The sense of routine that Persona 5 Royal offers is something that I’ve found soothing when my real life routines have been so radically altered in the middle of the pandemic.
While I’m still pretty early into Persona 5 Royal (at least by Persona standards), going into the game each time I play immediately has helped me to ease into a sense of normalcy by figuring out what I’m going to do each day. Do I spend the afternoon going to hang out with my friends to improve my Confidants ranks, or spend more time exploring Tokyo and taking in other activities? How much time should I give myself to explore Mementos? This all plays into what has always made the Persona games so appealing to me, which is figuring out how to use each day most effectively.
The sense of routine that Persona 5 Royal offers is something that I’ve found soothing when my real life routines have been so radically altered in the middle of the pandemic. From simply walking around Tokyo, to getting the chance to socialize and hang out with friends at the cafe, to spending time with my favorite characters like Futaba (who is the Best Girl), these smaller moments in the context of such a huge game have meant more to me than I would have thought. They’re small joys that wouldn’t have felt out of the ordinary a few months ago, but right now, they feel especially vital and needed.
Animal Crossing has been the kind of video game comfort food that I’ve found myself dipping into constantly.
Animal Crossing: New Horizons has nicely complemented my time with Persona 5 Royal, giving me another game that I can simply unwind with while still adhering to some kind of “routine.” While Persona 5 Royal’s story is meant to continue driving the player through its 100+ hour experience, the lower stakes and relaxed pacing of Animal Crossing have made it so easy to pop into my island village for a bit while I’m watching something on Netflix or before I go to bed, usually paired with a podcast.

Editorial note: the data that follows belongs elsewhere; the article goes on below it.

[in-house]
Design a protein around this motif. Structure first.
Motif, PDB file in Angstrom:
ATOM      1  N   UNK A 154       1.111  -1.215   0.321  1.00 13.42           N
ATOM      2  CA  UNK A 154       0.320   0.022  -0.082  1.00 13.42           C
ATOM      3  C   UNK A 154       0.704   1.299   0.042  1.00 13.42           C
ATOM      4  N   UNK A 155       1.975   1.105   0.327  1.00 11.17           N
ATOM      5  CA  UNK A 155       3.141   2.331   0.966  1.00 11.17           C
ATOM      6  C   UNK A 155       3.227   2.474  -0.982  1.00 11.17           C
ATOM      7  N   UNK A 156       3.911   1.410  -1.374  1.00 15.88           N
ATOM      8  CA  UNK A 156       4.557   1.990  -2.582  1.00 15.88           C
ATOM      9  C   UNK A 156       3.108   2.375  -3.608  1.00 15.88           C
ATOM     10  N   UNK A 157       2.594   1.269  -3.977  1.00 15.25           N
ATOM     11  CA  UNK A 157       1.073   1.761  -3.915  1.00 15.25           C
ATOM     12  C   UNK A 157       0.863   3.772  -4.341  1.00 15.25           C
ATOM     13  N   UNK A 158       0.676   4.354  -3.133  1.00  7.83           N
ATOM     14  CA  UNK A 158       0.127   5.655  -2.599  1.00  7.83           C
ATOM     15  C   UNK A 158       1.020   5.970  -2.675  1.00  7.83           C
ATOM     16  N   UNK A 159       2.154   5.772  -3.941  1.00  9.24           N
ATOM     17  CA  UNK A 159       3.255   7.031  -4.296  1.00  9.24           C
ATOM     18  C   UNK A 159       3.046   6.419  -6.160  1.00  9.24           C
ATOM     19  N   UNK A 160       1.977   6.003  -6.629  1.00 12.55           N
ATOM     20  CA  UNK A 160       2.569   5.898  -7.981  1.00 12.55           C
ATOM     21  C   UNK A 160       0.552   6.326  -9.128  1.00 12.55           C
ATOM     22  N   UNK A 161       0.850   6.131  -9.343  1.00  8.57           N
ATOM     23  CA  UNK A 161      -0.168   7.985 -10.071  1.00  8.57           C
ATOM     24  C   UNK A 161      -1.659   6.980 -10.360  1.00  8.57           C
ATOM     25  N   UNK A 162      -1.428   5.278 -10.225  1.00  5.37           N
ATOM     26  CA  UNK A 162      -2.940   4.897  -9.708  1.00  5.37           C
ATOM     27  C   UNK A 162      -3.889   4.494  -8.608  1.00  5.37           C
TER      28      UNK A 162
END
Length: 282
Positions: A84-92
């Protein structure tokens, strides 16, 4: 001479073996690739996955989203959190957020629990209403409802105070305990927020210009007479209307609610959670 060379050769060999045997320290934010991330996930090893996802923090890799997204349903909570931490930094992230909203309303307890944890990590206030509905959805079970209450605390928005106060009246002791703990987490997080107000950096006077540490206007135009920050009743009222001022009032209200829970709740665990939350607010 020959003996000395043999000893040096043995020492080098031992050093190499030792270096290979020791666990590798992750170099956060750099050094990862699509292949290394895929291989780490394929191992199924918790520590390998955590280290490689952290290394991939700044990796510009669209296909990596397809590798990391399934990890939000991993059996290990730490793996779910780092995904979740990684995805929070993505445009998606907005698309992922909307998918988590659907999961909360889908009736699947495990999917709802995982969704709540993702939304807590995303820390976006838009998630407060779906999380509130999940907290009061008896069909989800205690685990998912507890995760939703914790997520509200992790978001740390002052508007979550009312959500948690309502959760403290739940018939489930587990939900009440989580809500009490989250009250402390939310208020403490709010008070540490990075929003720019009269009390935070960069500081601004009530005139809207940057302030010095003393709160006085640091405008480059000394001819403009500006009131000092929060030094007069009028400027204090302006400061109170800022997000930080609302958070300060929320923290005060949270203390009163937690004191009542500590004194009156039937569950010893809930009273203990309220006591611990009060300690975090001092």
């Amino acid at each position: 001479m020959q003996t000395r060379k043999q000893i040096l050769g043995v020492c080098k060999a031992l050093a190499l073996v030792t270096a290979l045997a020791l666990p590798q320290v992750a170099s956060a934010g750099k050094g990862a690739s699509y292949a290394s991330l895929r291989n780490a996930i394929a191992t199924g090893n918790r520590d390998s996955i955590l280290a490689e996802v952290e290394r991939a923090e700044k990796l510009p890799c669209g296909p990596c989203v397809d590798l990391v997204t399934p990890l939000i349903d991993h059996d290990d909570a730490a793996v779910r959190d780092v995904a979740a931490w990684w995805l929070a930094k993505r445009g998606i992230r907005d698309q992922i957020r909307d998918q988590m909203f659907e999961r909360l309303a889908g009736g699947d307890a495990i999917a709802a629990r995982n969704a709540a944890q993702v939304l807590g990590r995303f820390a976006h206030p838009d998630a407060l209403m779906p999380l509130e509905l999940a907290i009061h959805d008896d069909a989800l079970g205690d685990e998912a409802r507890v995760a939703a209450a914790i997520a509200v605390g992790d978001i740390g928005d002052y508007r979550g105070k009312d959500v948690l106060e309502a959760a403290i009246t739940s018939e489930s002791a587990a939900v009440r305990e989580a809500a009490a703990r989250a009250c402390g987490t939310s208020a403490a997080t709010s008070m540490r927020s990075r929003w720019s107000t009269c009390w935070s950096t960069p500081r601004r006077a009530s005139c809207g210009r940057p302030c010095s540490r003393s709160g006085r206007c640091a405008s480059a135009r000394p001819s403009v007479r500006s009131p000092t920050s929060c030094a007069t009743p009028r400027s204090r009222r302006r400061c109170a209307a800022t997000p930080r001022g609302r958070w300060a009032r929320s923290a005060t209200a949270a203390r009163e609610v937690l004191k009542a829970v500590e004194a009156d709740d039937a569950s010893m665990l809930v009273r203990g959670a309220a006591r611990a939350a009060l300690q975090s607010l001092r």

While Animal Crossing is already a relaxing, soothing experience to begin with, having a game with such a carefree attitude in the middle of one of the most stressful situations of our lifetimes has been one of the small joys of this time. In the moments where I’ve found myself overwhelmed by reading the news and needing to take my mind off of things for a bit, having a small, deserted island to retreat to and spend my time has helped me cope tremendously, even if it’s at the servitude of perpetual loan shark Tom Nook.
With any sense of ‘normalcy’ on hold right now because of the coronavirus, I’m glad for now, at least I have Persona 5 Royal and Animal Crossing to restore it slightly.
Animal Crossing has been the kind of video game comfort food that I’ve found myself dipping into constantly throughout the past few weeks since it came out. It’s been easy to rely on Animal Crossing to help give some structure to my real-world schedule alongside the events that are happening in the game itself (even if they involved Zipper). Whether it’s been checking my turnip prices or seeing the latest fashions that the Able Sisters have in stock, the diligence of doing daily tasks in Animal Crossing is a nice substitute for the chores that would take up time in my day. Even simple things like collecting bugs or fruit, or working my way to pay off loans with Tom Nook, give small goals that I can keep coming back to. It may be busy work, but it’s the type of thing that I’ve found comforting each day when I need some time to do something mindless and easy.
With any sense of “normalcy” on hold right now because of the coronavirus, I’m glad for now, at least I have Persona 5 Royal and Animal Crossing to restore it slightly. Both of these games in small ways have helped to provide a sense of comfort in a time when each day feels nearly endless, and when weeks have sometimes felt like months. While there’s no knowing just yet when “normal” will happen again–or if it will even be the same as before–spending my time in Tokyo or on a deserted island with animal friends at least gives some hope that eventually, with time, it will happen once again.